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1. an accessory or part
2. work carried out by a fitter



in statistics, a method by means of which we obtain an analytic and graphic expression of the statistical regularity on which a given empirical series of statistical data is based. By means of fitting, the broken line of the steps of an empirical series is replaced with a smooth, “fitted” curve (in particular cases, with a straight line) and the equation of this curve is computed. During fitting, the following three problems are solved in sequence: the type of equation (shape of the smooth curve) is selected, the parameters (coefficients) of this equation are computed, and the levels (ordinates) of the “theoretical” statistical series obtained are computed (on the basis of the equation) or measured (by the graph of the curve). The type of equation and, correspondingly, the shape of the smooth curve are selected on the basis of general in-formation about (or frequently from practical experience with) the essence of the phenomenon, the regularities of its structure and development, the relationships among its attributes, and so forth (so-called analytic fitting). Where such advance information is not available, the type of equation (shape of the curve) can often be suggested by the graphic shape of the broken line that expresses the given empirical series.

In socioeconomic statistics, fitting is used in three typical cases: (1) fitting a series of distributions, (2) fitting broken lines of regression, and (3) fitting series in a dynamic process.

The purpose of fitting series of distributions is to give quantitative and graphic expressions for the nature of the regularity of the distribution of units of the aggregate on the basis of an assigned attribute (for example, their normal distribution and distribution according to Poisson’s law). In this we preserve the equality of certain primary numerical characteristics of the given empirical series and the theoretical series obtained: the average magnitude of the attribute, the mean quadratic deviation, and the total number of units in the aggregate. We use a particular goodness-of-fit test to establish the degree to which the levels (ordinates) of the theoretical series obtained correspond in aggregate to the empirical steps. In some special cases, for example when fitting population distribution by age given in the census, specially developed procedures and formulas are used to eliminate the well-known “accumulation of ages” ending in 0 and 5. Fitting distributions always assumes the availability of a sufficiently numerous empirical series of data.

Fitting broken lines of regression is done when studying the relationships of attributes in order to obtain a smooth line of regression and a regression (correlation) equation that ex-presses the dependence of the average values of one attribute on values of others; for example, yx = a + bx; yx,z = a + bx + cz.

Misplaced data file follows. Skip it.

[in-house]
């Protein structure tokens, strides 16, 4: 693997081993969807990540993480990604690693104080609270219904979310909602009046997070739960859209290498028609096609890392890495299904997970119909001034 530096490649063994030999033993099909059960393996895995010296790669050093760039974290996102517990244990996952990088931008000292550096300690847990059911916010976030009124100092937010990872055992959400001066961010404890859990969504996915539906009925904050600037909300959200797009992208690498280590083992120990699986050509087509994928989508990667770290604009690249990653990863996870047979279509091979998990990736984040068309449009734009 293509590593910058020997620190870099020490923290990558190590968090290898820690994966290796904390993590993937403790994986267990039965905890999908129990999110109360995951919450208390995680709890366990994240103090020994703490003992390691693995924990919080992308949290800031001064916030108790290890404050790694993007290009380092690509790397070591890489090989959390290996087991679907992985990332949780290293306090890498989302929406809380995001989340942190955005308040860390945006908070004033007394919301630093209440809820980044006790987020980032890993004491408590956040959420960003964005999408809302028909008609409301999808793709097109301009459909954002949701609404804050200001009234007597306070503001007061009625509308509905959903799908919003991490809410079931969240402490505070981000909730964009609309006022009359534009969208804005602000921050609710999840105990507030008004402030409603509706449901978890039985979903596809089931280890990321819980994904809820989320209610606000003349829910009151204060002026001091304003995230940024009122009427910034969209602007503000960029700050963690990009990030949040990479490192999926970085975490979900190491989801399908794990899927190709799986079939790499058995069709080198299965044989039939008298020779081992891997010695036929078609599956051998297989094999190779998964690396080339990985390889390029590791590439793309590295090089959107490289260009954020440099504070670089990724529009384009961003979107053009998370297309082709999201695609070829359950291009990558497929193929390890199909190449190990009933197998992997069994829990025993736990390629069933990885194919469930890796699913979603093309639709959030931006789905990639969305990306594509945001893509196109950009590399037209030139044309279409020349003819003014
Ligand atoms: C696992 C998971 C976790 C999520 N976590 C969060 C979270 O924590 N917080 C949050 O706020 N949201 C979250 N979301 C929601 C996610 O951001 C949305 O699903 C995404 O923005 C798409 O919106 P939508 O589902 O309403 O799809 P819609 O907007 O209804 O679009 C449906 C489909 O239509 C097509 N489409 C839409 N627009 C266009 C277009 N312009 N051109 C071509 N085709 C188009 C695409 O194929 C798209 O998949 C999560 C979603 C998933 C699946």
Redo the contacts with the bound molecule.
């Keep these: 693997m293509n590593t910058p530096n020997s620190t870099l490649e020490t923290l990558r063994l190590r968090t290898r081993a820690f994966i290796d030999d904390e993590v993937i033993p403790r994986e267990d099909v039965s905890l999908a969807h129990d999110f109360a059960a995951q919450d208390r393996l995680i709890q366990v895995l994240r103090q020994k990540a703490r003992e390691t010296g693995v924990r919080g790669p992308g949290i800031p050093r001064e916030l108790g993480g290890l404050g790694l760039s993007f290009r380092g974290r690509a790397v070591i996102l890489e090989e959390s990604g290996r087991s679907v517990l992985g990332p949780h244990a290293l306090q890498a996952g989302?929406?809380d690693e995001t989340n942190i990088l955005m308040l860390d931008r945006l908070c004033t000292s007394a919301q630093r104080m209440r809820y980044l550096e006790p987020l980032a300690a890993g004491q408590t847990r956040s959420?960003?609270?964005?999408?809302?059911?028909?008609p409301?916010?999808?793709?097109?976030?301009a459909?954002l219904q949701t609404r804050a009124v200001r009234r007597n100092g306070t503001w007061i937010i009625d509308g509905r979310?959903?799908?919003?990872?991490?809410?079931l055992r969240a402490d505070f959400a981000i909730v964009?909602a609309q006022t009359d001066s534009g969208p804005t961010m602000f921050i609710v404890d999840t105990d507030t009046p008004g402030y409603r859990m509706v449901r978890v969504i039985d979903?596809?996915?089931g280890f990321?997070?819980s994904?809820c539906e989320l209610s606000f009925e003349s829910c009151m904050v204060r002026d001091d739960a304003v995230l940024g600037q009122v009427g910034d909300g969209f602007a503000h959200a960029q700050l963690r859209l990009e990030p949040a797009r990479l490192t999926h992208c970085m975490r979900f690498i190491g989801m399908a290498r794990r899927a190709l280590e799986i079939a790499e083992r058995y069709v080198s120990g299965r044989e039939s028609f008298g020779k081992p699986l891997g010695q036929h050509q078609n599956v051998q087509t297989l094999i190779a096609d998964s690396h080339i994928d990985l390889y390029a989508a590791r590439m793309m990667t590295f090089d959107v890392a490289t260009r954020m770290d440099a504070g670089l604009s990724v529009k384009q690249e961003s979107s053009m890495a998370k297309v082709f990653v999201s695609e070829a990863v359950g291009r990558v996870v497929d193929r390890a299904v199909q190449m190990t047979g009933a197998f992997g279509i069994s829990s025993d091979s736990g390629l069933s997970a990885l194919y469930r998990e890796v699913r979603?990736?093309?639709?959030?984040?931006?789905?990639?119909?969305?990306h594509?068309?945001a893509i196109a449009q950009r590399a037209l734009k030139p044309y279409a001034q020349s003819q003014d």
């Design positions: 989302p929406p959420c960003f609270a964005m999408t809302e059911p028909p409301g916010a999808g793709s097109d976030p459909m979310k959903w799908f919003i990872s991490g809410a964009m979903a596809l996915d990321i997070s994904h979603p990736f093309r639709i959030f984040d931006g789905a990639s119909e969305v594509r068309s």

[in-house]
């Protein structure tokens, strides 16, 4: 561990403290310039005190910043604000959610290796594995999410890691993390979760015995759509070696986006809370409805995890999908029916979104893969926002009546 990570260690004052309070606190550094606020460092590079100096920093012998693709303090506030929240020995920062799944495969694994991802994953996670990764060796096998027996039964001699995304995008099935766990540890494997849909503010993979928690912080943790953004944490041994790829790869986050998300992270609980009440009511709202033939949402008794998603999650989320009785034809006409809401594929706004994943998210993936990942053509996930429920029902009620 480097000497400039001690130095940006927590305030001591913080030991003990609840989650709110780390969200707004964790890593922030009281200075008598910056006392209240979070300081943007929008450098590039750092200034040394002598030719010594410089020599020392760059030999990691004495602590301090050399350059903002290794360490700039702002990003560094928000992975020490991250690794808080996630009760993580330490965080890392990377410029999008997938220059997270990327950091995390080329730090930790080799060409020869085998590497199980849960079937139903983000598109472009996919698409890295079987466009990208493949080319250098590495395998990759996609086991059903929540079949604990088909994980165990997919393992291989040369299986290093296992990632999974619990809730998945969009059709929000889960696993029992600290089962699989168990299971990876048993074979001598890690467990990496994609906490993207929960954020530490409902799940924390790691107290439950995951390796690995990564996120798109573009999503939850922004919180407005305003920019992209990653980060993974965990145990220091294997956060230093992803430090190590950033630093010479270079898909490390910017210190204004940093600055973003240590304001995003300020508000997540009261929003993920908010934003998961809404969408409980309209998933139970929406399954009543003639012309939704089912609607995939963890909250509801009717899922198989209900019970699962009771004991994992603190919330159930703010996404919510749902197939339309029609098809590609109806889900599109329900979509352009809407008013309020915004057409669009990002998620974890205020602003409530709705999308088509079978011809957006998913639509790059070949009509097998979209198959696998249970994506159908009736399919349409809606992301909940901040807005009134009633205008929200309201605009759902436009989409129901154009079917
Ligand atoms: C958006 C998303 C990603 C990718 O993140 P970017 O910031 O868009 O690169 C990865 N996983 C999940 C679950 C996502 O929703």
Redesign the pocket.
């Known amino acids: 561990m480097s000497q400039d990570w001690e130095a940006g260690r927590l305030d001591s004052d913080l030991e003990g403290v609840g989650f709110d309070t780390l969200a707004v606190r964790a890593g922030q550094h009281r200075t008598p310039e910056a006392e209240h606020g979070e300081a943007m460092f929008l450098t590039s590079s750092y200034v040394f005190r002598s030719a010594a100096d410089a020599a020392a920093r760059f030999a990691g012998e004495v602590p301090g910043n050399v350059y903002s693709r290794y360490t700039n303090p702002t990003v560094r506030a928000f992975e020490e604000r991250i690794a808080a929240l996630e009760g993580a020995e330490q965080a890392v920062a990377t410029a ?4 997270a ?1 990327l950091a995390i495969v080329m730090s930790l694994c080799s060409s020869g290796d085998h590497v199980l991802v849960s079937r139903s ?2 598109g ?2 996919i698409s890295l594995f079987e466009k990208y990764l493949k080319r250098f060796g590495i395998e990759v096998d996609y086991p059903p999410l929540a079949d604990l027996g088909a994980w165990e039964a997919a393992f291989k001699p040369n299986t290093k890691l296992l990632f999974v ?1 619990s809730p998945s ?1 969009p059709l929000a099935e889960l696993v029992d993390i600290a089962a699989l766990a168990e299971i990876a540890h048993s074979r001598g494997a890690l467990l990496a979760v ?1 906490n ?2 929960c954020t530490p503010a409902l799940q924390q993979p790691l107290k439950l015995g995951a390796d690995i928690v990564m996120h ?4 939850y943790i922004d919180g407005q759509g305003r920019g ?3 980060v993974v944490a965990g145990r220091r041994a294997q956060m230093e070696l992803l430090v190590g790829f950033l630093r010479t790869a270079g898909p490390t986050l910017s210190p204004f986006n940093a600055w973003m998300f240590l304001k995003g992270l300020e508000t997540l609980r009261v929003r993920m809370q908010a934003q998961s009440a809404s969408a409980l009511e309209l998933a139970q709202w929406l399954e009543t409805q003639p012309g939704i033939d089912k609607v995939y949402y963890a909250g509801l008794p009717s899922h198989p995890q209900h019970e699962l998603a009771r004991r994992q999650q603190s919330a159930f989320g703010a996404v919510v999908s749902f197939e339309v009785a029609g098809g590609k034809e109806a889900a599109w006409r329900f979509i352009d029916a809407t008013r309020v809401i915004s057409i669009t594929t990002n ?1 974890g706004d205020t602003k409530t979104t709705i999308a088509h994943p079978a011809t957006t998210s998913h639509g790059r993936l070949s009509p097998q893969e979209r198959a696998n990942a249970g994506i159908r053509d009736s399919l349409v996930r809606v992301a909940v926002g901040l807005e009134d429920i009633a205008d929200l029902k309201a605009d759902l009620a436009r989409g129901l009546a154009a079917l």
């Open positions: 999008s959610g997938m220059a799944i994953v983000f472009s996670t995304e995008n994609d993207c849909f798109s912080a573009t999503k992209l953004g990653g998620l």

We resort to fitting time series in dynamic processes to obtain an equation (and a smooth line) expressing the developmental trend of a process in time t; for example, y = a + bt, y = a + bt + ct2. In the last two cases of fitting, the coefficients a, b, c, … of the unknown equation are usually computed by the method of least squares. The fitting of statistical time series should not be confused with smoothing statistical series.


Huntington, E. V. “Vyravnivanie krivykh po sposobu naimen’shikh kvadratov i sposobu momentov.” In Matematicheskie melody v statistike. Collection of articles edited by H. L. Rietz. Translated and reworked by S. P. Bobrov. Moscow, 1927. Pages 147-61.
Ezhov, A. I. Vyravnivanie i vychislenie riadov raspredelenii. Moscow, 1961.
Khotimskii, V. I. Vyravnivanie statisticheskikh riadov po metodu naimen’shikh kvadratov (sposob Chebysheva). Moscow-Leningrad, 1925. Second ed., Moscow, 1959.
Chetverikov, N. S. “O tekhnike vychisleniia parabolicheskikh krivykh.” In Voprosy kon“iunktury, vol. 2. Moscow, 1926. Reprinted in Chetverikov’s book Statisticheskie i stokhasticheskie issledovaniia. Moscow, 1963. Pages 190-210.
Iastremskii, B. S. Nekotorye voprosy matematicheskoi statistiki. Moscow, 1961. Chapter 2.
Obukhov, V. M. “K voprosu o nakhozhdenii uravneniia regressii, udoletvoriaiushchego dannomu empiricheskomu riadu.” Trudy TsSU, vol. 16, issue II. Moscow, 1923.



(building construction)
A small auxiliary part of standard dimensions used in the assembly of an engine, piping system, machine, or other apparatus.


fittings, 1
1. A pipe part, usually standardized, such as a bend, coupling, cross, elbow, reducer, tee, union, etc.; used for joining two or more sections of pipe together. The term usually is used in the plural.
2. An accessory such as a bushing, coupling, locknut, or other part of an electric wiring system which is intended to perform a mechanical rather than an electrical function.
3. Same as window hardware.
4. British for luminaire.
5. A decorative or functional item or component in a building which is fixed but not built in; also called a fitment.